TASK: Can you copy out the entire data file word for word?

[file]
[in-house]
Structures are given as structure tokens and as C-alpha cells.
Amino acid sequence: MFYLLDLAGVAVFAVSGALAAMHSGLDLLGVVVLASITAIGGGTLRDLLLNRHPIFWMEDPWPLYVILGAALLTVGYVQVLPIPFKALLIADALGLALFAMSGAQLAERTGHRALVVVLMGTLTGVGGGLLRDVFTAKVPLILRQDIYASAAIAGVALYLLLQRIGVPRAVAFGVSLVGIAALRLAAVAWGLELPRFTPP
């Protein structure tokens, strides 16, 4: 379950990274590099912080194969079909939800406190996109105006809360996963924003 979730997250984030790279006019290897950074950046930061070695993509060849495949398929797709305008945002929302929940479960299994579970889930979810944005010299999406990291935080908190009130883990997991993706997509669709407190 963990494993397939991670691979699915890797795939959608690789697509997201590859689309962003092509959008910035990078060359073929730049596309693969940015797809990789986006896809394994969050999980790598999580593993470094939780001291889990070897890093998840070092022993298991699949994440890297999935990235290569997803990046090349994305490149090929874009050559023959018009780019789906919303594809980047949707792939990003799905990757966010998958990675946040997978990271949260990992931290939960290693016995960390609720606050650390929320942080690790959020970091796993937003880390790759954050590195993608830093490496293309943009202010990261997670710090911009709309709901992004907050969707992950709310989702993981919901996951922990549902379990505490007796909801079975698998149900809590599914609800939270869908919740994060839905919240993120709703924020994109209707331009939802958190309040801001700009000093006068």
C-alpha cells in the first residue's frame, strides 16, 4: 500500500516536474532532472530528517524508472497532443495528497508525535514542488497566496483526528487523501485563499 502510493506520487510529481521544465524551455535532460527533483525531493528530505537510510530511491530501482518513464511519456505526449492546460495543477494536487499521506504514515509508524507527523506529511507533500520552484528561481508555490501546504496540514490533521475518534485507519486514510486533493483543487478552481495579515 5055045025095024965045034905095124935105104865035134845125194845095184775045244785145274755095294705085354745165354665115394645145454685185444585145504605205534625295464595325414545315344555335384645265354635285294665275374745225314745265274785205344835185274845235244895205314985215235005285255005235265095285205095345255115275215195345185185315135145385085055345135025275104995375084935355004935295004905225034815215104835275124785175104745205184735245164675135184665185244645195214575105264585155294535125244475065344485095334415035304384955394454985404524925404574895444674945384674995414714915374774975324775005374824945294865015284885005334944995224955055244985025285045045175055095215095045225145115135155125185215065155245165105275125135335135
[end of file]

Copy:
[in-house]
Structures are given as structure tokens and as C-alpha cells.
Amino acid sequence: MFYLLDLAGVAVFAVSGALAAMHSGLDLLGVVVLASITAIGGGTLRDLLLNRHPIFWMEDPWPLYVILGAALLTVGYVQVLPIPFKALLIADALGLALFAMSGAQLAERTGHRALVVVLMGTLTGVGGGLLRDVFTAKVPLILRQDIYASAAIAGVALYLLLQRIGVPRAVAFGVSLVGIAALRLAAVAWGLELPRFTPP
């Protein structure tokens, strides 16, 4: 379950990274590099912080194969079909939800406190996109105006809360996963924003 979730997250984030790279006019290897950074950046930061070695993509060849495949398929797709305008945002929302929940479960299994579970889930979810944005010299999406990291935080908190009130883990997991993706997509669709407190 963990494993397939991670691979699915890797795939959608690789697509997201590859689309962003092509959008910035990078060359073929730049596309693969940015797809990789986006896809394994969050999980790598999580593993470094939780001291889990070897890093998840070092022993298991699949994440890297999935990235290569997803990046090349994305490149090929874009050559023959018009780019789906919303594809980047949707792939990003799905990757966010998958990675946040997978990271949260990992931290939960290693016995960390609720606050650390929320942080690790959020970091796993937003880390790759954050590195993608830093490496293309943009202010990261997670710090911009709309709901992004907050969707992950709310989702993981919901996951922990549902379990505490007796909801079975698998149900809590599914609800939270869908919740994060839905919240993120709703924020994109209707331009939802958190309040801001700009000093006068």
C-alpha cells in the first residue's frame, strides 16, 4: 500500500516536474532532472530528517524508472497532443495528497508525535514542488497566496483526528487523501485563499 502510493506520487510529481521544465524551455535532460527533483525531493528530505537510510530511491530501482518513464511519456505526449492546460495543477494536487499521506504514515509508524507527523506529511507533500520552484528561481508555490501546504496540514490533521475518534485507519486514510486533493483543487478552481495579515 5055045025095024965045034905095124935105104865035134845125194845095184775045244785145274755095294705085354745165354665115394645145454685185444585145504605205534625295464595325414545315344555335384645265354635285294665275374745225314745265274785205344835185274845235244895205314985215235005285255005235265095285205095345255115275215195345185185315135145385085055345135025275104995375084935355004935295004905225034815215104835275124785175104745205184735245164675135184665185244645195214575105264585155294535125244475065344485095334415035304384955394454985404524925404574895444674945384674995414714915374774975324775005374824945294865015284885005334944995224955055244985025285045045175055095215095045225145115135155125185215065155245165105275125135335135